Solisco Printers, recognized as one of Canada’s largest private printers, commits to becoming the first North American company to install a Goss Sunday 3000 press with a 75-inch width.
To compliment its new Sunday 3000 order, the Scott, Quebec-based company plans to integrate Goss' DigiRail inking technology, Ecoset dryer, and dual folders on the web press, as well as features like the Contiweb FD paster, Omnicon controls, and the Goss Web Center workflow system.
“The precision of DigiRail inking improves presetting, cuts start-up time and waste, and makes it easier to sustain ink density and colour quality through the run,” said Alain Jacques, co-owner of Solisco. “The technology is highly proven in newspaper and insert applications, and it represents an important new breakthrough for the North American commercial printing market.”
Founded in 1991, Solisco Printers focuses on the publication, commercial and book printing markets for customers in Canada and the United States. The new gapless-blanket Sunday press, to be installed at its Scott-based facility later this year, will be capable of producing more than 3-million magazine-size pages per hour.
The width of the 2x8 Sunday 3000, along with pinless former and combination folders, allows for the production of multiple product formats and page counts, including finished magazine-format products that are up to nine inches wide. “We can’t stand still in terms of innovation if we want to stay competitive and continue to exceed the expectations of our customers,” said Jacques.
The two pinless folders are designed to add versatility to the new Sunday press, allowing for the finishing of magazine, tabloid and digest product formats. The PFF-3 former folder will be capable of producing more than 190,000 16-page signatures per hour in dual-delivery mode. The PCF-1 SQF combination folder, producing a range of formats, includes recently developed tools for quarter folding and signature control.
“The productivity and versatility of the 2x8 Sunday press format, along with the 9-inch product capability, create valuable competitive advantages that we look forward to passing on to our customers,” said Jean Gregoire, who founded Solisco along with Jacques.
As President, Gregoire now leads a company that made around $100-million in revenues in its lastest fiscal year, as well as three production facilities and around 500 employees.
Rhino Print Solutions of Richmond, British Columbia, becomes the latest printer to install a Fujifilm Acuity Advance flatbed inkjet system.
“We chose Fujifilm’s Acuity among other UV flatbeds for the quality of print achieved with the machine, along with the white ink feature and the capacity to handle rolls. We were also impressed with Fujifilm’s excellent customer service record,” said Brian Miller, business development manager, Rhino Print Solutions. “Our focus is on providing the best printed product available in the marketplace today. We were able to bring our G7 Master Printer processes to the Acuity relatively quickly, thereby ensuring great colour management across multiple platforms of offset, digital and wide format.”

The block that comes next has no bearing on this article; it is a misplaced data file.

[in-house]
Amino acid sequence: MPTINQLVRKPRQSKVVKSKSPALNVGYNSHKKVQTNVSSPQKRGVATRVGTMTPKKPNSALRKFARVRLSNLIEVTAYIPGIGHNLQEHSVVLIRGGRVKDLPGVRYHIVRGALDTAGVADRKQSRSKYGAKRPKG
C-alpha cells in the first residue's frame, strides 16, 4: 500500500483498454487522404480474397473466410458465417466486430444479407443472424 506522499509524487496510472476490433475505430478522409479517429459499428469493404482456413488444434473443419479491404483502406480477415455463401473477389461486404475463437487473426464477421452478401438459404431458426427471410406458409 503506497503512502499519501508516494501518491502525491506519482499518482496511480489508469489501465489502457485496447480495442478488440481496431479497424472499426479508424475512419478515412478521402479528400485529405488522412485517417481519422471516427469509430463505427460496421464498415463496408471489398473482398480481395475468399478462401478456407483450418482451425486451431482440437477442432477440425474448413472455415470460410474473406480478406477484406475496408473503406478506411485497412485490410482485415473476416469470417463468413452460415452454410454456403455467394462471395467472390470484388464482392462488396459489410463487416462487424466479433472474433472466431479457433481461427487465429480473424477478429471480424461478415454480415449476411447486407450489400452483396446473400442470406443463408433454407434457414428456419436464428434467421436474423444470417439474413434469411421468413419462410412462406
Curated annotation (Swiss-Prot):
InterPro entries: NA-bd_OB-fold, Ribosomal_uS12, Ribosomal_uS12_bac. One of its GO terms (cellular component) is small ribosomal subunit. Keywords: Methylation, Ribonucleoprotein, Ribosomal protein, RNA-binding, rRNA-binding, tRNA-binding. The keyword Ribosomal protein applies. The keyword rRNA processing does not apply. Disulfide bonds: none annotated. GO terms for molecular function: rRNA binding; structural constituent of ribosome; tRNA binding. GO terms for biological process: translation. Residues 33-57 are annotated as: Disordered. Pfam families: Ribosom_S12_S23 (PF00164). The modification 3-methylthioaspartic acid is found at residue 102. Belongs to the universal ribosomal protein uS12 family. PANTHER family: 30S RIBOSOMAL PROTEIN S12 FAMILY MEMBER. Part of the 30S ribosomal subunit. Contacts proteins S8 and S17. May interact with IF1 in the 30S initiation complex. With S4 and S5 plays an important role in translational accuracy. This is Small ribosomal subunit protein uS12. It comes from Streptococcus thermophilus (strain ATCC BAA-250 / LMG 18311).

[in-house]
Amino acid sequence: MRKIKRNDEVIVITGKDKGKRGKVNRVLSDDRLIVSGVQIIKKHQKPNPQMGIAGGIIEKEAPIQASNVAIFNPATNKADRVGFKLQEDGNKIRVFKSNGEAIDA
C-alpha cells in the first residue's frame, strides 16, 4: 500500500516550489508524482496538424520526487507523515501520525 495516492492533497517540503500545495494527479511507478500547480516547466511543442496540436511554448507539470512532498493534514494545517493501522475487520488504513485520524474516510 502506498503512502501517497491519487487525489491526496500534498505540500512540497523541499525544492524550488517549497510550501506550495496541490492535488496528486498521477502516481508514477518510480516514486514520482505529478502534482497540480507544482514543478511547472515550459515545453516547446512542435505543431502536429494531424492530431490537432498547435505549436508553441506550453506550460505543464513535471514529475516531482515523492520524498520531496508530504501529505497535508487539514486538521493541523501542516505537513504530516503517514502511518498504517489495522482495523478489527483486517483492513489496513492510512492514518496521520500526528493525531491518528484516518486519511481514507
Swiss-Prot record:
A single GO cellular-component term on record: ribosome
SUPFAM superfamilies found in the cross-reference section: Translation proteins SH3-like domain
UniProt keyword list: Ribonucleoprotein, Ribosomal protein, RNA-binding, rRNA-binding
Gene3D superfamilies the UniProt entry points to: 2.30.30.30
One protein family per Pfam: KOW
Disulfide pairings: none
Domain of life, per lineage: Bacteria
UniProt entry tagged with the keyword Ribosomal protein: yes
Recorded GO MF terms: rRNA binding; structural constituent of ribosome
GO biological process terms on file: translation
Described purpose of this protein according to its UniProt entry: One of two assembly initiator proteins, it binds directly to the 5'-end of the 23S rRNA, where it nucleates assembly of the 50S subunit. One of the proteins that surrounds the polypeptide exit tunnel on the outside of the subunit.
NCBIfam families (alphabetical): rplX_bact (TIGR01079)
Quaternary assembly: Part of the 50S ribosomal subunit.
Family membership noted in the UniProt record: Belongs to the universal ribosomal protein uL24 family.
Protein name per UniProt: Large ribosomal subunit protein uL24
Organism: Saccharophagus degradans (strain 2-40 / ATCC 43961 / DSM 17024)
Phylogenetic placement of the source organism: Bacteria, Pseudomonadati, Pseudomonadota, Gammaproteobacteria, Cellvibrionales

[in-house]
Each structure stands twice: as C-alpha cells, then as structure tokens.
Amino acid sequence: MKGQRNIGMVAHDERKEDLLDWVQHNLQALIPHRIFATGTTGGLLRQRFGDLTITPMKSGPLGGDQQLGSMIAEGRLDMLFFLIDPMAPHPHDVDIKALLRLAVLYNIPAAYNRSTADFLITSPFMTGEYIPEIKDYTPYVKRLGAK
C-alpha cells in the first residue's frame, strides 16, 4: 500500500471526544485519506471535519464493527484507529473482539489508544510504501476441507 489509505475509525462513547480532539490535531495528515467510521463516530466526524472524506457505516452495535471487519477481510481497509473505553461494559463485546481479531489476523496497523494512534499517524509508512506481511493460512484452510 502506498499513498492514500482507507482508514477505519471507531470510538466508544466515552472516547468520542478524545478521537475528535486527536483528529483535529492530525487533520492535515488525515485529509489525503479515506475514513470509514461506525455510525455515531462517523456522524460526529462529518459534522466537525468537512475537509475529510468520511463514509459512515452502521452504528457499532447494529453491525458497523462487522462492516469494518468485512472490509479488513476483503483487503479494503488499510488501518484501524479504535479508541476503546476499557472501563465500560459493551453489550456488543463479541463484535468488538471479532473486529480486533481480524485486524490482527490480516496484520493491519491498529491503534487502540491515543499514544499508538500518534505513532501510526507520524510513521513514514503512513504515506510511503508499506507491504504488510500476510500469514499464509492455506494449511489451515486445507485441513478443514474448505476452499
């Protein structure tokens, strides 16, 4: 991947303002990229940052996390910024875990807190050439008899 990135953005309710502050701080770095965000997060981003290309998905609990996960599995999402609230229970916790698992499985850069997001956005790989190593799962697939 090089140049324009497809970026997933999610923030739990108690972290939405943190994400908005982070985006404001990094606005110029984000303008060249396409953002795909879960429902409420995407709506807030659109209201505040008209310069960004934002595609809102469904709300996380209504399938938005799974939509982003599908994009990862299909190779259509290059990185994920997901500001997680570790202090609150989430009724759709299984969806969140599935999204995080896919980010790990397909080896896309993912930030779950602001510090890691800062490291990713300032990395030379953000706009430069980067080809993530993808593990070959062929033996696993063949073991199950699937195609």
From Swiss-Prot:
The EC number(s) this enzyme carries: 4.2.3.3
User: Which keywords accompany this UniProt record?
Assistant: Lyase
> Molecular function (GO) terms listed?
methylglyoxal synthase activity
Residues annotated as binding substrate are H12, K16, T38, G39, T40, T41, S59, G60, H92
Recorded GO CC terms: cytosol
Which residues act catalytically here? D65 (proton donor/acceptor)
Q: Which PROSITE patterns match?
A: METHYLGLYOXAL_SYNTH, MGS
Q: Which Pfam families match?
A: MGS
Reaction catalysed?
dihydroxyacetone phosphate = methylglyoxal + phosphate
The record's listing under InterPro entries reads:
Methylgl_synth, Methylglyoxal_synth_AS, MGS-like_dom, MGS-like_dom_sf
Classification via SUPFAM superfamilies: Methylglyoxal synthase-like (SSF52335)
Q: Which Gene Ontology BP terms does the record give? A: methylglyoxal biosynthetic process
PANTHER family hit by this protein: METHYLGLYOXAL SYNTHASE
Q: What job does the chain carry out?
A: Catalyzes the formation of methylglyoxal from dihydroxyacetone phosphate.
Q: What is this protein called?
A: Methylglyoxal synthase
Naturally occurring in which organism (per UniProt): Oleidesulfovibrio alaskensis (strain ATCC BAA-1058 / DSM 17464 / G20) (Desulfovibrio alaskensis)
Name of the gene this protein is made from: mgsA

Rhino Print Solutions has locations in Richmond and Calgary, Alberta. Rhino was purchased by entrepreneur David Allan in 2001 and the company was selected by Business in Vancouver as one of the 50 fastest-growing companies in British Columbia.
Fujifilm Canada launched the Acuity Advance, along with the Acuity Advance X2 UV, in April this year.
Toronto-based Flash Reproductions becomes the first commercial-printing plant in Ontario to install a toner-based MGI Meteor DP60 PRO press, including the XL-format option.
“It’s exciting to be the first in our area to have a new digital press that offers so much,” said Rich Pauptit, President, Flash Reproductions. “The Meteor DP60 PRO has a much better image quality than its competitors, is much more versatile with a larger sheet size, is much more favorable in its pricing than its competitors, and has no on-going click charges.”
The Meteor DP60 PRO, purchased through KBR Graphics, reaches a top resolution of 2,400 on a range of substrates, such as paper, envelopes, polyester, polycarbonate, polypropylene, PET, vinyl, synthetics, styrene, vinyl/static cling, canvas, and magnets.
Pauptit feels the new press will help secure its business relationship with the Toronto Transit Commission, for which Flash produces back-lit signage that is predominantly used within 11.5 x 34 inch light-boxes on the subway. “No other digital press can do this except our Meteor,” said Pauptit. “In the past, they’ve had these jobs printed using a different, but much more expensive, method.”
The 4-colour press also accommodates a range of sheet sizes, from 4 x 6 inches up to 13 x 40 inches, and is capable of handling weights from 20# to 16 pt. “The Meteor’s sheet size is a huge plus for us,” said Pauptit. “All of the other digital presses were 13 x 19 inches but the Meteor is 13 x 40 inches. We found that customers had to design around that smaller size.”
Flash was founded in 1969 and is now one of the most award-winning operations in Toronto’s tough printing market.